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Hunger striking journalist clings to life, says lawyer

Israel's top court has agreed to hear the case of a hunger-striking Palestinian journalist who is close to death, according to his lawyer. Mohammed al-Qeq has been held without charge under a special Israeli law.

The 33-year-old television correspondent is struggling to speak and open his eyes while shackled to his hospital bed and "could die at any time," Mohammed al Qeq's lawyer, Jawad Boulos, said on Tuesday.

After more than two months without food, Qeq's organs run the risk of failing, Boulos said. He has been refusing food since November 25 after being detained and held under Israel's controversial administrative detention law, which allows the state to hold suspects without charge or trial for six months at a time.

Shin Bet, the Israeli domestic security service, said Qeq was arrested for "terror activity" as part of the Islamist group Hamas, which controls the Gaza Strip.

But Qeq's wife told the AFP news agency that her husband was a professional journalist who was targeted for his work for Saudi Arabia's Al-Majd channel.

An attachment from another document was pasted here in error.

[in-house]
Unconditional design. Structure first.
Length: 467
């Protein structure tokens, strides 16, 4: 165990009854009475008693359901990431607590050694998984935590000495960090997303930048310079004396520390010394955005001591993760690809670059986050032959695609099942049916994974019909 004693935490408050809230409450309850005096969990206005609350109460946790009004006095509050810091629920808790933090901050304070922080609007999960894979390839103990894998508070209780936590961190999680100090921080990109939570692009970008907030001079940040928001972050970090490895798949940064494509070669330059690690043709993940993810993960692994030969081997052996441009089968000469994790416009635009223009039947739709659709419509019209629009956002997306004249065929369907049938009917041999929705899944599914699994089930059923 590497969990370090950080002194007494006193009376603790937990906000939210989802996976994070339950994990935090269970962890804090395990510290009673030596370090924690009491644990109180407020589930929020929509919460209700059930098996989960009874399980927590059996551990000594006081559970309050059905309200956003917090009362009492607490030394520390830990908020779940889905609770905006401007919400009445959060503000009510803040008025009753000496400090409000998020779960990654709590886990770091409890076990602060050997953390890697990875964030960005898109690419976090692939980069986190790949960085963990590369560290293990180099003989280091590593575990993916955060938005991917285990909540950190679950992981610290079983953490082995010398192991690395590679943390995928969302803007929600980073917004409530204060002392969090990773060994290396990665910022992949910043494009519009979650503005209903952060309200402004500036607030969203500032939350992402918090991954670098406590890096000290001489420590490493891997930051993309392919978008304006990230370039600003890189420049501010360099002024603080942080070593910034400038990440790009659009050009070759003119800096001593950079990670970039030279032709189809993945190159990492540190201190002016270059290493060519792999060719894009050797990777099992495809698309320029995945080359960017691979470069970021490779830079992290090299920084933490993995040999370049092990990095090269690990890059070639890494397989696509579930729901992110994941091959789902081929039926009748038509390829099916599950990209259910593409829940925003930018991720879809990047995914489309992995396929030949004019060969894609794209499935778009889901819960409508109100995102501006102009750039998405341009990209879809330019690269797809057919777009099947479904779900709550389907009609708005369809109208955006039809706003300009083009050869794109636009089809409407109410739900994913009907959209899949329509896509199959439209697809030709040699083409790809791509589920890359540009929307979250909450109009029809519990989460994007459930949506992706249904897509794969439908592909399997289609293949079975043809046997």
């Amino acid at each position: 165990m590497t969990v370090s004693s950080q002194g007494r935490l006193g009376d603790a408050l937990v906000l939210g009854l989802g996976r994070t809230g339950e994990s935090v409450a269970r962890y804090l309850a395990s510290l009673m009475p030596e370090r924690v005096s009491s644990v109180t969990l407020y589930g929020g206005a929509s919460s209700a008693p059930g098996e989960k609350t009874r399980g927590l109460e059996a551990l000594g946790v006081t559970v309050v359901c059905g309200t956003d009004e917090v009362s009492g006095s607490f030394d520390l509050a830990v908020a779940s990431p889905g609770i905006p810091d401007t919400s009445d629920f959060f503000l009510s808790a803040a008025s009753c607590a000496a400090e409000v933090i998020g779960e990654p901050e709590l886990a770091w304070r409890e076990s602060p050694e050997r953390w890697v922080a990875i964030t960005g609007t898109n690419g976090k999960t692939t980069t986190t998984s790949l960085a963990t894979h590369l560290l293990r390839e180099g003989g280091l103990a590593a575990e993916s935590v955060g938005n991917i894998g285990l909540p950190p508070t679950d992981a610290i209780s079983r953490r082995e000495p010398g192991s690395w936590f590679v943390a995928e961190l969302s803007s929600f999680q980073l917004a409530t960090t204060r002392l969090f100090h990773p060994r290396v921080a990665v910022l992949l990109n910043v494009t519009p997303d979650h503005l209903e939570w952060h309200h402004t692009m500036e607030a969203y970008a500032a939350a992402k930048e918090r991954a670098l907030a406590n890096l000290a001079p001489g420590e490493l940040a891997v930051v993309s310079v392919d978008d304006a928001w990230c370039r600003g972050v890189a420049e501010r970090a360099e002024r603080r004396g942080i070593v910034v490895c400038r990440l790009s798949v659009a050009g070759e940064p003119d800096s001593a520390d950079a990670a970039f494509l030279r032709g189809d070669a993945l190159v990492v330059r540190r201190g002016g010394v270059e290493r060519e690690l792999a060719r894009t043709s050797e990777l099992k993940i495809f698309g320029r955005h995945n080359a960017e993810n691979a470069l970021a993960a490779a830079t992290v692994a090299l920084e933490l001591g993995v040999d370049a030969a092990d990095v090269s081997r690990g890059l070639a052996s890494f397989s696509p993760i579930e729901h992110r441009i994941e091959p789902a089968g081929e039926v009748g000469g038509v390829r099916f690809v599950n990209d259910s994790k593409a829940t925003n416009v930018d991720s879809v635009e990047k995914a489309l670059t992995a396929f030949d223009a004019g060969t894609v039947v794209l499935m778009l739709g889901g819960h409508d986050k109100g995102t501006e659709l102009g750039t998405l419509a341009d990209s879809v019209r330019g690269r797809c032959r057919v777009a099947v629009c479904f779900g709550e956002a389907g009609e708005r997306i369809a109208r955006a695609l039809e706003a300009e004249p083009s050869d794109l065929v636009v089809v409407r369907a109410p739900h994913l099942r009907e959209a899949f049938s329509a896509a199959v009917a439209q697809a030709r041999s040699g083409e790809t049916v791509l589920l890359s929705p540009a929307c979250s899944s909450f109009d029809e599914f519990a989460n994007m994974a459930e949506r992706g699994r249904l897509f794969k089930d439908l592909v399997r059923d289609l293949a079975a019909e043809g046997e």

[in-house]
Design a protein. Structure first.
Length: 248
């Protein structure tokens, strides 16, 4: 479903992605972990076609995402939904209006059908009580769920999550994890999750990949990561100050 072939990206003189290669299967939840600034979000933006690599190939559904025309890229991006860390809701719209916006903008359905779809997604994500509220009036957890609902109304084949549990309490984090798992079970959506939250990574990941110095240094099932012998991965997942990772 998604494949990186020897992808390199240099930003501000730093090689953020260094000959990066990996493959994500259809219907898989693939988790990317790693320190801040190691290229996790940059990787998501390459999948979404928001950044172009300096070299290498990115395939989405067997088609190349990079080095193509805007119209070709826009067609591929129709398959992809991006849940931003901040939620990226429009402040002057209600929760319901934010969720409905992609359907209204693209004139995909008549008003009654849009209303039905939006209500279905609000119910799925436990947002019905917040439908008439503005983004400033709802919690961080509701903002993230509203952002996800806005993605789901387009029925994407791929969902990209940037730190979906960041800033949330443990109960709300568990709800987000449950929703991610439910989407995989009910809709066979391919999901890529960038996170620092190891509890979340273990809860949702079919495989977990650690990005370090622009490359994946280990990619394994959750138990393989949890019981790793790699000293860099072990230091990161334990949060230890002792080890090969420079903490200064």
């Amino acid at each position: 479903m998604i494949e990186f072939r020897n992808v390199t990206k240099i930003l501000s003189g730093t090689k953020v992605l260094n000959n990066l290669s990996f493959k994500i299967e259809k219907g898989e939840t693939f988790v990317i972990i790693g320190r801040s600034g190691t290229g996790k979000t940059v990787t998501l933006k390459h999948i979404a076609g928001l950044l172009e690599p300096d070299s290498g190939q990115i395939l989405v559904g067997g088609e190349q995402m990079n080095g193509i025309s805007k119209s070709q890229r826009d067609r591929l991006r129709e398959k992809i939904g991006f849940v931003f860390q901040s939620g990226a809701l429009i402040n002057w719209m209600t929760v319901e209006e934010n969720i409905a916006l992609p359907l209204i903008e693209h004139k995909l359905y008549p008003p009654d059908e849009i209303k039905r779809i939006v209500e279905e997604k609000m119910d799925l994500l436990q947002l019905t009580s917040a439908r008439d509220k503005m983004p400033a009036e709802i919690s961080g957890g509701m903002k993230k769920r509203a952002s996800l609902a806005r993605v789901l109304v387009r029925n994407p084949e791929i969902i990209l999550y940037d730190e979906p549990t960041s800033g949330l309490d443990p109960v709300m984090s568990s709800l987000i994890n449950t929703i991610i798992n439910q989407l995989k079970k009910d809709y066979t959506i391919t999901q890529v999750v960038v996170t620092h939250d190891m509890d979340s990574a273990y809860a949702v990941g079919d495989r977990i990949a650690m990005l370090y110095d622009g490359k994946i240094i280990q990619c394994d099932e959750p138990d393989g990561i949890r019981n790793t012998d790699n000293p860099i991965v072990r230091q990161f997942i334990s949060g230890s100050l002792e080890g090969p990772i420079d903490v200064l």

"Mohammed is a Palestinian journalist who was only covering the situation in the West Bank and he was arrested because of it," Faihaa Al-Qeq said.

Addameer, a Palestinian rights group, says the journalist was interrogated and tortured immediately after his November 21 arrest.

Israel claims links to Hamas militants

Qeq has been arrested by Israel before. In 2003 he spent a month in jail and in 2004 some 13 months in jail for Hamas-related activities. And in 2008, he was sentenced to 16 months on charges linked to his activities on the student council at the West Bank's prestigious Birzeit University.

His family says that Qeq's condition is so severe he'll be too ill to attend Wednesday's hearing before the Supreme Court.

"He is suffering from many complications, he couldn't talk and couldn't identify his lawyer or even see him," his wife said.

Israel Protest Palästinenser Mohammed Allan Zwangsernährung

Mohammed Allan became a cause celebre among Palestinians. His case brought attention to Israel's policy of detaining suspects without charge as well as a contentious force-feeding law that critics say amounts to torture.

Administrative detention law under fire

Israel has defended its administrative detention law. But under significant pressure,

31-year-old Palestinian prisoner Mohammed Allan was released

following a two-month hunger strike last August that brought him close to death. Israel brought in a law

allowing prisoners to be force-fed

but Israel's medical association says that practice is inhumane.

jar/msh (AFP, AP)

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